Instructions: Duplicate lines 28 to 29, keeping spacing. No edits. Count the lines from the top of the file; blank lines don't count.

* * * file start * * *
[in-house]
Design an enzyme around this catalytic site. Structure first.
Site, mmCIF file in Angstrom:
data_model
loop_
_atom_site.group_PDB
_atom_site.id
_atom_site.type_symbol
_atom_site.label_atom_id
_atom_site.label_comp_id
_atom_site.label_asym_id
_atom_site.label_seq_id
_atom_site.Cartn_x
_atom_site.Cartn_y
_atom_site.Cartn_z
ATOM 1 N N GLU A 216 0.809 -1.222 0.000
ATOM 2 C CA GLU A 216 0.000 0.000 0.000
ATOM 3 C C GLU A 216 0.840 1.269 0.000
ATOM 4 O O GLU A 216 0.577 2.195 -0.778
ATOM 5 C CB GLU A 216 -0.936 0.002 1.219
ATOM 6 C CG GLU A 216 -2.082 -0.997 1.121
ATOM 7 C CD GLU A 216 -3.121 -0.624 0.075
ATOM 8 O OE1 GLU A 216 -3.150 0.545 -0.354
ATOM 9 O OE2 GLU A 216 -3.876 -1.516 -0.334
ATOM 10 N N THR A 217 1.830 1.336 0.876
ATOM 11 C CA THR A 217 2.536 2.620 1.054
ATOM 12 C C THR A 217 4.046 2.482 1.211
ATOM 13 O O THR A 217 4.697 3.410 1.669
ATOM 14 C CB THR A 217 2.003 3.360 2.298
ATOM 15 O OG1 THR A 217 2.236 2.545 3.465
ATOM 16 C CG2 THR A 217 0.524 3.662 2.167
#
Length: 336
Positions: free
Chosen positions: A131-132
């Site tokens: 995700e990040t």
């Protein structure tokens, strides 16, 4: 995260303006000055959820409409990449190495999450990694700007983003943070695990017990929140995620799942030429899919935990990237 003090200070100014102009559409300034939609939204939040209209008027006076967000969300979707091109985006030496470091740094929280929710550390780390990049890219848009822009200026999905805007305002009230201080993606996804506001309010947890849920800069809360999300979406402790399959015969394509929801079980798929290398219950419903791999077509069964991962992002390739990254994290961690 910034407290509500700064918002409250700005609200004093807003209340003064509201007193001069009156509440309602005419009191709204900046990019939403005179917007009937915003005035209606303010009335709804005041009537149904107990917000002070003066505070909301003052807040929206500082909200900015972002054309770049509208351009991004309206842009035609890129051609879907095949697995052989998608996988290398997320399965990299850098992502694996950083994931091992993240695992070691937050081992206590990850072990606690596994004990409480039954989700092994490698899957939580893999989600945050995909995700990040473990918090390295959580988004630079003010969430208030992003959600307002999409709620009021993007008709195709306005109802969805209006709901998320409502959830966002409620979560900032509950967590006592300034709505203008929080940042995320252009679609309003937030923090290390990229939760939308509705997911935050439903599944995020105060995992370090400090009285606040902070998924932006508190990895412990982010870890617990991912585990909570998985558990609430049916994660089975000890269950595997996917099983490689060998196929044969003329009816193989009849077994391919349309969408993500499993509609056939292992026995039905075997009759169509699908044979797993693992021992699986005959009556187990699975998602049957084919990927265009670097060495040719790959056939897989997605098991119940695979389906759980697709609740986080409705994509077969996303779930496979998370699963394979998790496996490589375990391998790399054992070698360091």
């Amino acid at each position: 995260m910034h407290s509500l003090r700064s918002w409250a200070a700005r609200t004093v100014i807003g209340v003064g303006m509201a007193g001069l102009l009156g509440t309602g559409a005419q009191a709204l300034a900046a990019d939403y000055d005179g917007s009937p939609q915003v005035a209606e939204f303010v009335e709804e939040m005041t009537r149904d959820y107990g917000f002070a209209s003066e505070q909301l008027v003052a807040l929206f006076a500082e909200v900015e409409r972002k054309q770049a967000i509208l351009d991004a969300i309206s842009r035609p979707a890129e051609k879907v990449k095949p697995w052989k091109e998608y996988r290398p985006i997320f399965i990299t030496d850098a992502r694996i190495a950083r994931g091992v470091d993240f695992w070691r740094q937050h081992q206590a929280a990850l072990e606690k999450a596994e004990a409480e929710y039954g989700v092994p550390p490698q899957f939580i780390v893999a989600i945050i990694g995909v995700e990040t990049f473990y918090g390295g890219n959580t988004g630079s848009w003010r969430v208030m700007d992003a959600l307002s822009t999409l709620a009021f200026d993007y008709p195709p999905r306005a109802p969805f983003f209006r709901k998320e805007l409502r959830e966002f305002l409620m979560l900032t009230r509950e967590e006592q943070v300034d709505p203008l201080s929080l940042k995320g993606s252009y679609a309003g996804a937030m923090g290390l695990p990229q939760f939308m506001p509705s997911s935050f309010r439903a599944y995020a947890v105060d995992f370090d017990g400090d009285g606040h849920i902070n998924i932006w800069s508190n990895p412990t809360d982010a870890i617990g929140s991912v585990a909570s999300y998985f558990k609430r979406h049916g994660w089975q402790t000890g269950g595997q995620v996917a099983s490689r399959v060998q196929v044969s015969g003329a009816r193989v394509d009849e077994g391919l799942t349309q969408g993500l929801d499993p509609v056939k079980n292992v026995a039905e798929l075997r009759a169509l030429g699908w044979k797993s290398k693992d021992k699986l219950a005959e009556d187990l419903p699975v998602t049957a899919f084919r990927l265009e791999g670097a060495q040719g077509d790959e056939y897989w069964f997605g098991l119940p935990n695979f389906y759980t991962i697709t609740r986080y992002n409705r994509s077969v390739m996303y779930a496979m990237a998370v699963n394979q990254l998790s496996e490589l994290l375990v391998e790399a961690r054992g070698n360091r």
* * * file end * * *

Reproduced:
ATOM 13 O O THR A 217 4.697 3.410 1.669
ATOM 14 C CB THR A 217 2.003 3.360 2.298